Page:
This traditional Easter treat—a milk chocolate egg-shaped shell filled with puckering-ly sweet fondant—has made the commercial crossover to Halloween. I know because I saw it at the supermarket the other day, and I ate it. Right there, at the store (I bought it first, you guys). All due respect to the Cadbury Creme Egg for trying to make it in a multi-holiday market, but did this springtime confection equal AUTUMN PERFECTION? Not really. All that’s different about the Halloween edit is that there’s a green, slimy streak of goo at the center of the white saccharine filling instead of yolk-colored goo. Everything else is the same, which makes me wonder: How is the egg relevant to this holiday? Why didn’t Cadbury make, say, a PUMPKIN MOLD for the chocolate shell? And you’d think with all of the annual limited-time-only-fall-flavor hullabaloo, they would’ve at least pumpkin-spiced this shit. If you’re trying to break into the saturated market of Halloween sweets, I expect a bit more creativity. Maybe next year. —Dylan

pixyPixy Stix (Nestlé)
Let’s get back to basics. Candy is, at its heart, sugar—as much sugar as you can pack into a small package. And no one knows this better than the makers of Pixy Stix, which are crazy-delicious flavored-sugar-and-citric-acid powders inside skinny paper tubes. They basically eliminate everything but the sugar. I like their honesty. I like how tart they are. I like how they stain your mouth colors like blue and orange. I like how you can tear a tiny hole in the top of the paper and then suck the powder out of the hole until it gets damp with your own spit, thus turning into flavored sugar mush. Pixy Stix are perfect for ripping open and pouring into your mouth like your tongue is a cement mixer, dumping into a jar at parties and watching people go crazy, and satisfying long-standing childhood urges to chew paper (because Pixy Stix taste best when you get a bit of the soggy paper mixed in with the sour grape, cherry, and fruit punch sugar-highs). —Krista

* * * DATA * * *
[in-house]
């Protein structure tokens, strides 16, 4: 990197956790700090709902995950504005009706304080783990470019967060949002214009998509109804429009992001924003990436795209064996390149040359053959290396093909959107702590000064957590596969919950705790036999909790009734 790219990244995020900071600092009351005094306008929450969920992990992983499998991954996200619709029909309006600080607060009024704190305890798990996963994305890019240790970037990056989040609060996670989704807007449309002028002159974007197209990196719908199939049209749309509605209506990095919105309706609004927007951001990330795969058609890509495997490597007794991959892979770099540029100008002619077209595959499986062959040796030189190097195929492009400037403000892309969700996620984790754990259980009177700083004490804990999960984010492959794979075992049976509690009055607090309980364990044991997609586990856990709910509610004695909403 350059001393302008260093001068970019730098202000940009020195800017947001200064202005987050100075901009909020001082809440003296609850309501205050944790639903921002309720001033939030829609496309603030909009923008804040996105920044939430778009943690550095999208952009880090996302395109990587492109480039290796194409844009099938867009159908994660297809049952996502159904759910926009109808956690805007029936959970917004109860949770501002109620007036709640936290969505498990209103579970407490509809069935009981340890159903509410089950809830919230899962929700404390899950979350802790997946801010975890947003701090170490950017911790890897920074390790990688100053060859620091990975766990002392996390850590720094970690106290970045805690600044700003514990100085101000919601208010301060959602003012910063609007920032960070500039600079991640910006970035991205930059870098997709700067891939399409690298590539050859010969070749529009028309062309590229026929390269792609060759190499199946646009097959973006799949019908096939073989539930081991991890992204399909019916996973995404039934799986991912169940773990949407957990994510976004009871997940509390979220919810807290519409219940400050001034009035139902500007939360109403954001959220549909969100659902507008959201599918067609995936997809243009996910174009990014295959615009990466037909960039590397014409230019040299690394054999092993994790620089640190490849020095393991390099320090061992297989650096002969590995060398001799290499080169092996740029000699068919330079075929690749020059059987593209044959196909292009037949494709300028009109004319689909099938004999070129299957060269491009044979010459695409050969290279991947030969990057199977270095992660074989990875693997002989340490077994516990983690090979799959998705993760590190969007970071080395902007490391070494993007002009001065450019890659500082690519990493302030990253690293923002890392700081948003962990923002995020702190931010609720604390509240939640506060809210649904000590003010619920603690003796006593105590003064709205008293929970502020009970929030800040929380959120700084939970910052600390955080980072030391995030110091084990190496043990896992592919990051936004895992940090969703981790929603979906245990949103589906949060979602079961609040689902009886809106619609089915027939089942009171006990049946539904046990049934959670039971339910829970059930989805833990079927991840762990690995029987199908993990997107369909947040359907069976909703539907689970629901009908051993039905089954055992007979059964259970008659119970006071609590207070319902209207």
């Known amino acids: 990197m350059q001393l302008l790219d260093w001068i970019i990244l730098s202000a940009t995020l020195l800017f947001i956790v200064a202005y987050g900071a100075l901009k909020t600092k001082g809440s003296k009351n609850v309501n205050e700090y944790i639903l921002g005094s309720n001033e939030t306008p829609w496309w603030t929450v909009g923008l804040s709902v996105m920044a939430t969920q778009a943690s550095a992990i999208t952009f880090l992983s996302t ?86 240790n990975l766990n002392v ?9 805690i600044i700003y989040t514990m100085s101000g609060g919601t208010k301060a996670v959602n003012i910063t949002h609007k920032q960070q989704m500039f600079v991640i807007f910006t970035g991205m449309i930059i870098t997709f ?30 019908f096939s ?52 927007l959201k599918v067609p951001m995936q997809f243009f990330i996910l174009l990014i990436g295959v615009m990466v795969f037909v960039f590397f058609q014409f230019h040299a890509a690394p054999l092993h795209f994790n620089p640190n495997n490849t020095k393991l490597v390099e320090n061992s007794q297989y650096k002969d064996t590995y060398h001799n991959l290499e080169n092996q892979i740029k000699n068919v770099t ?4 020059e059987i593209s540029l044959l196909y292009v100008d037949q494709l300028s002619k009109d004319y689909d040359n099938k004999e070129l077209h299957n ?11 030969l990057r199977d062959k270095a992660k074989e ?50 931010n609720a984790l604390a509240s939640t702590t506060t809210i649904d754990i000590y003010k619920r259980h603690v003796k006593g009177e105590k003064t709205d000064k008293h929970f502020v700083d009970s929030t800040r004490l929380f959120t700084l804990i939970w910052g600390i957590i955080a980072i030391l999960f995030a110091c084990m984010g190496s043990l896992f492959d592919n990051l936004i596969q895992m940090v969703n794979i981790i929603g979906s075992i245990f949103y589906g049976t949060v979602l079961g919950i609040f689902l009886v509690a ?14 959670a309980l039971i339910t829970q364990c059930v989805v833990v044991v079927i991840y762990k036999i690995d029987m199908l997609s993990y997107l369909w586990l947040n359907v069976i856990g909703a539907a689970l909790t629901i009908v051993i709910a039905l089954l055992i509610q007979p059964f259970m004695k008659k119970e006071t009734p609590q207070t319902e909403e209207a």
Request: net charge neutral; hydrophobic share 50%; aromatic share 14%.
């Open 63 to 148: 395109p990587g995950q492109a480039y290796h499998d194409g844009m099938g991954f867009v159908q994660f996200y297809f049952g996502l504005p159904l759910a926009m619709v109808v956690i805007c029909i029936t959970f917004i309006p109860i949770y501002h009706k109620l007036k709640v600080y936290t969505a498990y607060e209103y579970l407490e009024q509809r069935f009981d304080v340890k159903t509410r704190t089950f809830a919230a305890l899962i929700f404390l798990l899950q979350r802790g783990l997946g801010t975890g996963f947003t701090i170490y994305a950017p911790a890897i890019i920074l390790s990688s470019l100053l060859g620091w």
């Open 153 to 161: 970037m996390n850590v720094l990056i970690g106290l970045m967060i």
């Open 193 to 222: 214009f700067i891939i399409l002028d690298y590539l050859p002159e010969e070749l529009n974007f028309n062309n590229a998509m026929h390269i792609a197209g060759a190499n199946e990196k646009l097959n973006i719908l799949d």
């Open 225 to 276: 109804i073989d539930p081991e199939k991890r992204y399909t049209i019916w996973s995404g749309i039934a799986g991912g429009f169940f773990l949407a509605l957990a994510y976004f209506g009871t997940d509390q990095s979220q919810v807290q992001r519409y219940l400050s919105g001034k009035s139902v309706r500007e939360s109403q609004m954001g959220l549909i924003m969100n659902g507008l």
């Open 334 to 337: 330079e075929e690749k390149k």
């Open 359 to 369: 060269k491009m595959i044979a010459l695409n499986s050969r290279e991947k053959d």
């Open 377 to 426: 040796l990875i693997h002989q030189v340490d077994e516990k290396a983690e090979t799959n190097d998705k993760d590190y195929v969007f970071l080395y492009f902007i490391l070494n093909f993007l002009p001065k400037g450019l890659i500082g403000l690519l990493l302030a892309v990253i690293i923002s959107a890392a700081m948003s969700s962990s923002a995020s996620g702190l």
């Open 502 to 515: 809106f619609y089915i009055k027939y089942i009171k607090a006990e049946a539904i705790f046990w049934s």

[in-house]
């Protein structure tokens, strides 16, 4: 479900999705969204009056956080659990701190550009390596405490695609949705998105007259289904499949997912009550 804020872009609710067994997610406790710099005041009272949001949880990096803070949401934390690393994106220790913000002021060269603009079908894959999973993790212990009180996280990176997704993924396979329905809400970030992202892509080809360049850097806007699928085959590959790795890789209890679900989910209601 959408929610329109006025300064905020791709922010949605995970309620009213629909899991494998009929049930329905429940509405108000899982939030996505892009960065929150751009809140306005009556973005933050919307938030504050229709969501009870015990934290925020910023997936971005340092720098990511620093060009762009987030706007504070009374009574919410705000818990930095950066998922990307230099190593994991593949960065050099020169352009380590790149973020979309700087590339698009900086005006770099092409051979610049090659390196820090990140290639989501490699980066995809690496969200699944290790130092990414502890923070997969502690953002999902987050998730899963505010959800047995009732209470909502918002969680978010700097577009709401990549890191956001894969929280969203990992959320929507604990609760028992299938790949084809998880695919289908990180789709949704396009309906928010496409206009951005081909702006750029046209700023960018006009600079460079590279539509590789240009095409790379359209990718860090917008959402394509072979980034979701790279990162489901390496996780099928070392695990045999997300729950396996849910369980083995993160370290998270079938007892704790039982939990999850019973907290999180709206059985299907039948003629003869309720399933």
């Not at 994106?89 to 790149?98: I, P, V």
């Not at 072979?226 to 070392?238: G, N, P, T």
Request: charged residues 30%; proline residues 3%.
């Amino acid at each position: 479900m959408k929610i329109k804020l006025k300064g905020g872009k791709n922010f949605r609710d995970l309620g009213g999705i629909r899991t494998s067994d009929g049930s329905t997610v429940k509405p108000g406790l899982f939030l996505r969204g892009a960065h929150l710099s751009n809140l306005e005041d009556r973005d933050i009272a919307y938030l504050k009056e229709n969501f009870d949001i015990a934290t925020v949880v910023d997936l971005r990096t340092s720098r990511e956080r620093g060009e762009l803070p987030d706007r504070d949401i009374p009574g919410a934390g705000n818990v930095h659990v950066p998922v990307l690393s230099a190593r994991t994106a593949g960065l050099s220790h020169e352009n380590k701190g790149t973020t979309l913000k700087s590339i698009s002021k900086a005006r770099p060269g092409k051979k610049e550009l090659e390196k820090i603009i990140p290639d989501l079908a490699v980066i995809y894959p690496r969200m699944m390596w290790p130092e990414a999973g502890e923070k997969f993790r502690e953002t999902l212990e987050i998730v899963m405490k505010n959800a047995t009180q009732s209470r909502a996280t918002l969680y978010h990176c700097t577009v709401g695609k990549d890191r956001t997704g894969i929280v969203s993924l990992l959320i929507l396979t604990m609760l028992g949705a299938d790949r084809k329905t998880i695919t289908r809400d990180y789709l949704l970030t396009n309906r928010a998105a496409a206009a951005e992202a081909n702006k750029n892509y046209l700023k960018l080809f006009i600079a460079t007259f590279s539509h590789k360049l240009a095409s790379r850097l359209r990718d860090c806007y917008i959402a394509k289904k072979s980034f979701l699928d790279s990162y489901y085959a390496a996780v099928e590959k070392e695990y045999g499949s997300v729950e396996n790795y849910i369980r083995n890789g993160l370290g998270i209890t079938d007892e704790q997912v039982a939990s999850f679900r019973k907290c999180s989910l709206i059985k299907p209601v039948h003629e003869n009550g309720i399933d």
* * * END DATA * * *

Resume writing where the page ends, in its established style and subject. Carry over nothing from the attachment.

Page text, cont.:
gummi-fruit-saladFruit Salad (Haribo)
I’m a Haribo superfan, and Fruit Salad is one of their best creations. It comes in a grab-bag of assorted flavors—lime, grapefruit, cherry, passion fruit, orange, and my fave, peach—and not one of them is bad. Their gumminess is perfect, and their shapes are cute. The best part is that they’re sprinkled with a sweet/slightly sour sugary topcoat. Added bonus, if you need one more reason to give it a try: Fruit Salad qualifies (in my book) as health food. The name can’t lie. —Lauren

cow talesCow Tales (Goetze’s Candy Company)